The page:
A new report from the Institute for Health and Welfare (THL) shows that approximately one-fifth of Finns cannot afford basic necessities such as food and healthcare, with young adults being the most severely affected.
Close to a million Finns cannot afford basic necessities like food, medication, or doctor visits, reveals a recent study from THL. The survey, which included 28,000 participants, discloses that financial vulnerability is most prevalent among those aged 20 to 39.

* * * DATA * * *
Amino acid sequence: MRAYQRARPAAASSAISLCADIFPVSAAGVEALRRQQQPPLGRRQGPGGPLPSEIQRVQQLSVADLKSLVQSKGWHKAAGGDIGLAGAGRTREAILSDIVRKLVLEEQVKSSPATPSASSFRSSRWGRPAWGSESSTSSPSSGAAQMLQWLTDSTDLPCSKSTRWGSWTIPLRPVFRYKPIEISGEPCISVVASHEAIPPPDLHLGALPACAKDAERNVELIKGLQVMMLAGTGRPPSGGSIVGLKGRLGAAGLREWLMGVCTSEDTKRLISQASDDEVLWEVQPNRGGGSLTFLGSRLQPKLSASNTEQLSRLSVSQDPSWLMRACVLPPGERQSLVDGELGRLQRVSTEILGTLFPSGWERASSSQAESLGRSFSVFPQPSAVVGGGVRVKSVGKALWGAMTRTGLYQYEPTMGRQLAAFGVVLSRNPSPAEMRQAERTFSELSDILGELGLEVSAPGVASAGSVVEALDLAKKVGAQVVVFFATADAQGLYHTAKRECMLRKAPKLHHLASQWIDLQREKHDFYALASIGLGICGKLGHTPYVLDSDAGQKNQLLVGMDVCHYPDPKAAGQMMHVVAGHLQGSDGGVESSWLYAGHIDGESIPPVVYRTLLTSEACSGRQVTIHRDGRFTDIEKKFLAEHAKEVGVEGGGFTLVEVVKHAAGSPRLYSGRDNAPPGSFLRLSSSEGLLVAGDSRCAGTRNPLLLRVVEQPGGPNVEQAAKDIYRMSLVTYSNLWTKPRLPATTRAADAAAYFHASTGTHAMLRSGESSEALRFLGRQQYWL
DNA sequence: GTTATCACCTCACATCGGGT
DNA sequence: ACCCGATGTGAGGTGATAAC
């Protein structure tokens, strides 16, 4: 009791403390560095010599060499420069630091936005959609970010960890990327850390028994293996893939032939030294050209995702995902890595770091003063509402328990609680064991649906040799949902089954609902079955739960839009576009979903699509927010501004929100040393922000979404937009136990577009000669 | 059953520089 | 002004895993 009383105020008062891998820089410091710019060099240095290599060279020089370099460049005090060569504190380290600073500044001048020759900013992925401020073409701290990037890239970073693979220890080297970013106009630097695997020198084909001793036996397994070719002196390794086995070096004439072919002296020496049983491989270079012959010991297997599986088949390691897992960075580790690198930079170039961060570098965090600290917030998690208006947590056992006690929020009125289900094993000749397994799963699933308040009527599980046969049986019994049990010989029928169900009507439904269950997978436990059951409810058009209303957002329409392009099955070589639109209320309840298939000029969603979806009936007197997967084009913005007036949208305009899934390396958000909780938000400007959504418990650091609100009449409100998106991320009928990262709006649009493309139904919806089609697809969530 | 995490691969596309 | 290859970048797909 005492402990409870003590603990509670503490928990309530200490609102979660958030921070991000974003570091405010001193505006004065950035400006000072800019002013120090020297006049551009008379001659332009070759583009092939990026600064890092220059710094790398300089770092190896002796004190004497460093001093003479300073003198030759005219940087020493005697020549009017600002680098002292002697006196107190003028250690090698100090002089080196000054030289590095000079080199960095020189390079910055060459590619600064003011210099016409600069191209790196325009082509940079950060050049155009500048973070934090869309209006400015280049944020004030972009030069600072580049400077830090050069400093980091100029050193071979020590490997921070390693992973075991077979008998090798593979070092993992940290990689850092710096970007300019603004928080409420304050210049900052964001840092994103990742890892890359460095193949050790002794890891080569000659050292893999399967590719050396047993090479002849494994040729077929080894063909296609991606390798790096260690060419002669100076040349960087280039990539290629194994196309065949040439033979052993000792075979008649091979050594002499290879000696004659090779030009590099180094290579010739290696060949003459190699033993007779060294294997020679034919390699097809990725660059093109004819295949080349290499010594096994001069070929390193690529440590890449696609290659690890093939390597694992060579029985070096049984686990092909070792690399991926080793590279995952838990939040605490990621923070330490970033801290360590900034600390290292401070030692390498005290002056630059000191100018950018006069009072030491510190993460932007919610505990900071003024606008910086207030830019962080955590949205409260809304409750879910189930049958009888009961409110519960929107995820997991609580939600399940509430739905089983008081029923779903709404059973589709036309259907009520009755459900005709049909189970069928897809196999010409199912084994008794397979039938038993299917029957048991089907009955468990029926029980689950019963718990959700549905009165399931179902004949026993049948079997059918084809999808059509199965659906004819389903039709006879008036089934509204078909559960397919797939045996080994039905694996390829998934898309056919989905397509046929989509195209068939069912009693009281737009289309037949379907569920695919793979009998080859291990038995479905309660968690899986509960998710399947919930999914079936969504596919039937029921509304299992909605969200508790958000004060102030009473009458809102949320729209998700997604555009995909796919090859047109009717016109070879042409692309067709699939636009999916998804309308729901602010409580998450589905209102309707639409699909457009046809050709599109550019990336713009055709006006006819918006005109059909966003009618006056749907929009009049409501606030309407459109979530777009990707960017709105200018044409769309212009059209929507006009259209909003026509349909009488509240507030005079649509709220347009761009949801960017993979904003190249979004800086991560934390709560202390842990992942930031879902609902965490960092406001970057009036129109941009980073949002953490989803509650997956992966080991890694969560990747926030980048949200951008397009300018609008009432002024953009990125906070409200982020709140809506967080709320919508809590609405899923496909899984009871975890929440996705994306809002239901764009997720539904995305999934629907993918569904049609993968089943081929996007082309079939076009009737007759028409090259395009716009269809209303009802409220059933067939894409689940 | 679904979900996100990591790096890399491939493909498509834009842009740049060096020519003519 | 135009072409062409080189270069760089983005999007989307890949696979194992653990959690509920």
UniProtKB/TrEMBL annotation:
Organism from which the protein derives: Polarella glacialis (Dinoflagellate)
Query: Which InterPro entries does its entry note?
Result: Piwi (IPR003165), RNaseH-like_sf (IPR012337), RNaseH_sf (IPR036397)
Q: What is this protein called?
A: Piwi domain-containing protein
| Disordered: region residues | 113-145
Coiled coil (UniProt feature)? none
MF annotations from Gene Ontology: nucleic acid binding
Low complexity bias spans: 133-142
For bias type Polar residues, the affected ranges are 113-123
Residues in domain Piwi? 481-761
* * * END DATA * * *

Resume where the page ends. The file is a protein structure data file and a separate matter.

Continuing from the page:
About one in every four men in this age group report not always being able to afford these basic needs, and the number is slightly higher among women, with one in three young women stating they struggle to make ends meet.
Among individuals over 75 years old, fewer than one in ten say they cannot afford food, medicines, and doctor visits.
The younger are poorer
Across all age groups, about one in ten reported that they feared running out of food due to lack of money in the past twelve months.
One possible reason, according to THL, is the increasingly unstable job market for young adults. Another cause could be that, on average, young people have smaller financial safety nets than older individuals.
Despite this, 67 percent of Finns report feeling secure in their daily lives.